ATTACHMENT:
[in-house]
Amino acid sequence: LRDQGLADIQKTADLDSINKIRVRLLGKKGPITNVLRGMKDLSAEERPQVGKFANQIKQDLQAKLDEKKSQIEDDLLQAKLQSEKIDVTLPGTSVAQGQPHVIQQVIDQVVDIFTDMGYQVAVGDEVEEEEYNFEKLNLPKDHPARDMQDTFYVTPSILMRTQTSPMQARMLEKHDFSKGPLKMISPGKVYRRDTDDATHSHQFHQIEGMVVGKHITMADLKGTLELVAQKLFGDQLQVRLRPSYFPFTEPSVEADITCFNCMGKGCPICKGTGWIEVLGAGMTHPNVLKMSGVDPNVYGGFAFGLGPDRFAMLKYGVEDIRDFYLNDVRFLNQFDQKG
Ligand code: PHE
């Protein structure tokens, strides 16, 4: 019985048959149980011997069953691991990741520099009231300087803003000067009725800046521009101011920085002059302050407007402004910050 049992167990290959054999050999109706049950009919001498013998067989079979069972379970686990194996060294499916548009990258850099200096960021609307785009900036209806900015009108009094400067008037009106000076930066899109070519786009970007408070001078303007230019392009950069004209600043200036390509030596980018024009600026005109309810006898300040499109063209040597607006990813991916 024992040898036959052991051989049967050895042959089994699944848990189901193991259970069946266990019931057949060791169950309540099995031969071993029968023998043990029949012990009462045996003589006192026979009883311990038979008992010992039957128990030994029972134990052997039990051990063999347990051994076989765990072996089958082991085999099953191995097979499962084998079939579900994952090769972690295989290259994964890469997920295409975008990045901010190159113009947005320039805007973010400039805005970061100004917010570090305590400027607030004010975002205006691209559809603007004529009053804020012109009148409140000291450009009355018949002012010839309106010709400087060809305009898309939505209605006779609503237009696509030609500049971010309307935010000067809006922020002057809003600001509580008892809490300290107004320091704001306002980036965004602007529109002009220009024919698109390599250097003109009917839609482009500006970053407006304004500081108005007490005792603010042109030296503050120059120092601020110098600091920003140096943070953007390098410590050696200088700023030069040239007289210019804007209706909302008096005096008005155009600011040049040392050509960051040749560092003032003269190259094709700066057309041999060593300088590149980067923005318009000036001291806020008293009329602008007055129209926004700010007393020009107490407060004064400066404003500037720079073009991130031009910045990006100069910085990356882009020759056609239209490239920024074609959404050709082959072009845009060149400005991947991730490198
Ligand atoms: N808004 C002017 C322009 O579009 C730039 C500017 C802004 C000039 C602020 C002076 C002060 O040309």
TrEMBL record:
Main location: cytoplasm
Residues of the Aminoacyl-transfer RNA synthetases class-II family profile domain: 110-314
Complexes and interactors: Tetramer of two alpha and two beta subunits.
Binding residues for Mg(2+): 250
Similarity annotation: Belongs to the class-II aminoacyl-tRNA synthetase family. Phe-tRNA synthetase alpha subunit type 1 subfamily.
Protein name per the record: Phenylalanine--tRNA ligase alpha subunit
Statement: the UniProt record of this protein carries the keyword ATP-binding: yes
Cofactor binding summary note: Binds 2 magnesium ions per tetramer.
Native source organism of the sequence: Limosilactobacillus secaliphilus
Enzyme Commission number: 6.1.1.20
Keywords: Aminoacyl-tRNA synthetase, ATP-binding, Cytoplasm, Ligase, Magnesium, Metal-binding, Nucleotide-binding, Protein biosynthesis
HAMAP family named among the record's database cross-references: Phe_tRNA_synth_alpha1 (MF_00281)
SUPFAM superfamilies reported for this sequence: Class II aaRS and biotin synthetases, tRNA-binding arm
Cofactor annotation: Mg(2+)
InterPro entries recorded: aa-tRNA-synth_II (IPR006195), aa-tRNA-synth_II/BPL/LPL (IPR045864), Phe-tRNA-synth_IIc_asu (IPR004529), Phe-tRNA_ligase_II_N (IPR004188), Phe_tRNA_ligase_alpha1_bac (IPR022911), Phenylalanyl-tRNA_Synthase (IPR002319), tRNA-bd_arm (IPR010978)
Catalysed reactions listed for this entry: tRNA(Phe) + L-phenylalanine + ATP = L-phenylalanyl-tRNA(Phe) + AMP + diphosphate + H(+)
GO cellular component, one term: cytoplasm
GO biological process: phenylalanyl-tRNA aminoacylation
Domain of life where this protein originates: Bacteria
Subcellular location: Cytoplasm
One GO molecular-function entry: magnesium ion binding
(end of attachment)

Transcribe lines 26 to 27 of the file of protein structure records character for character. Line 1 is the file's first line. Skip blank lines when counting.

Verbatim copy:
Subcellular location: Cytoplasm
One GO molecular-function entry: magnesium ion binding